I would like people to know that rare diseases are generally complex and having one can be very challenging as it is often difficult to find the right expertise and therefore the right treatment and it is more difficult to coordinate care. Another important point to realize is that rare diseases are more common than people think, as there are around 6000-7000 rare diseases in total. If you look at the patients walking into a doctor’s office or a surgical ward, you might think that only 5% may be rare disease patients, but rare disease patients often need more frequent medical visits so this figure is not so representative of the reality. Encountering someone with a rare disease is more frequent than you may think.
4. Can you tell us a little about your rare disease and/or the patient association that you represent?
My organization is the Swedish Marfan Association, which is a wonderful organization with a big board of members and we try to do a lot with very little funding (coming from membership fees and an occasional donation). Despite this lack of funding we manage to organize meetings; we are active in Facebook, in various groups; we are active in the HTAD-WG of VASCERN and also in national advocacy activities.
Marfan syndrome is a connective tissue disorder which can affect many parts of the body. The most serious manifestations involve the aorta and blood vessels, the eyes, and the skeletal system. The total impact of the disease can range from mild to severe and can fluctuate throughout a patient’s life. Altogether, this can be quite hard to handle, as symptoms can come all at once in various parts of the body and it can be very difficult for Marfan patients to deal with this variability.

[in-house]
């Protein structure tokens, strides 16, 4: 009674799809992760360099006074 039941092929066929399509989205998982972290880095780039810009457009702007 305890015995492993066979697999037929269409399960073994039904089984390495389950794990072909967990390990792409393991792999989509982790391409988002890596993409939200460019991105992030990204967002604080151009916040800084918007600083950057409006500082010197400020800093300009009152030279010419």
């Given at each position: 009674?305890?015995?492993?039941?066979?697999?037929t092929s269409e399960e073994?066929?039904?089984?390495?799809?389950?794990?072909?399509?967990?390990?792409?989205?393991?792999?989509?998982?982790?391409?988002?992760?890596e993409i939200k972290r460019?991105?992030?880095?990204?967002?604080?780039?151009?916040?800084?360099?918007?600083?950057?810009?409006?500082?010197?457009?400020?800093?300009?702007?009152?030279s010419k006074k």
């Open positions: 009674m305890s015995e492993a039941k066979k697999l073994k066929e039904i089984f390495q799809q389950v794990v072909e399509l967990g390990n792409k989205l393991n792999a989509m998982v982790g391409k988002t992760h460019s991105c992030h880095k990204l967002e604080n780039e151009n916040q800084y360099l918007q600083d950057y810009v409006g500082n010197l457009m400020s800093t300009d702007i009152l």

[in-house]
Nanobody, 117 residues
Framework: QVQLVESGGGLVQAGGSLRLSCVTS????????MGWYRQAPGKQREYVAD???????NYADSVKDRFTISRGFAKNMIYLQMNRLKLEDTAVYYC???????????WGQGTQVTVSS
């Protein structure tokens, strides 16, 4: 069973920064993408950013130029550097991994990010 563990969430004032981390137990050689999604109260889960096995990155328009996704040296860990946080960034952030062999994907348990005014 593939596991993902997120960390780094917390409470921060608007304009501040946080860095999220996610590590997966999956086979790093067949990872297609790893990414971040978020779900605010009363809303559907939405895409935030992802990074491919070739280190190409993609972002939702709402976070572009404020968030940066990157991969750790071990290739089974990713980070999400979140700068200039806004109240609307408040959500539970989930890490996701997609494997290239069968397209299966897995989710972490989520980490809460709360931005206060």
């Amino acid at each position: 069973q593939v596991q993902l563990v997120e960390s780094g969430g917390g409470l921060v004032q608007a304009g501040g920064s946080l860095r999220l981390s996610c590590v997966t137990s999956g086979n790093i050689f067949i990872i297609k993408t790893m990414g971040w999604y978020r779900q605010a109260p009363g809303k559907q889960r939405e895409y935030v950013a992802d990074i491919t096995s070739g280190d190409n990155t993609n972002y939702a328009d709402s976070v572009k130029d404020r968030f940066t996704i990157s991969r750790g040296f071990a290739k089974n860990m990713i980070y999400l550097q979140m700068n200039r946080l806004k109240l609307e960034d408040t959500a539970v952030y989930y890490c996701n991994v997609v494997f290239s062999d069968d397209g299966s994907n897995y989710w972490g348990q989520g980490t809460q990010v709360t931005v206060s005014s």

I hope that VASCERN will continue to grow and become a stronger network.
5. What has been your most memorable moment as an ePAG representative so far?
There have been many memorable moments, I would say, as it has been very exciting to be a part of VASCERN. I would have to mention that what I have appreciated the most is the welcoming attitude from the physicians and their appreciation for patient advocacy work and what our involvement brings to the European Reference Networks. I have appreciated this attitude a lot. I was also really impressed by the other patient advocates already participating in the network when I joined. It is a true joy to work with such dedicated and professional patient advocates!
6. As a patient representative, what is your hope for VASCERN and for the ERNs in general?
My greatest hope is for sustainability of the ERNS and integration of the networks into the national health care systems. In Sweden there is progress being made on this point as at the moment there is a total reorganization of the healthcare system in our country, so this may be a good thing, as it is always easier to add something new during a time of reform. I hope that VASCERN will attract more and more research projects and that more research will be done by our network, for the benefit of all patients with rare vascular diseases. Finally, I hope that VASCERN will continue to grow and become a stronger network.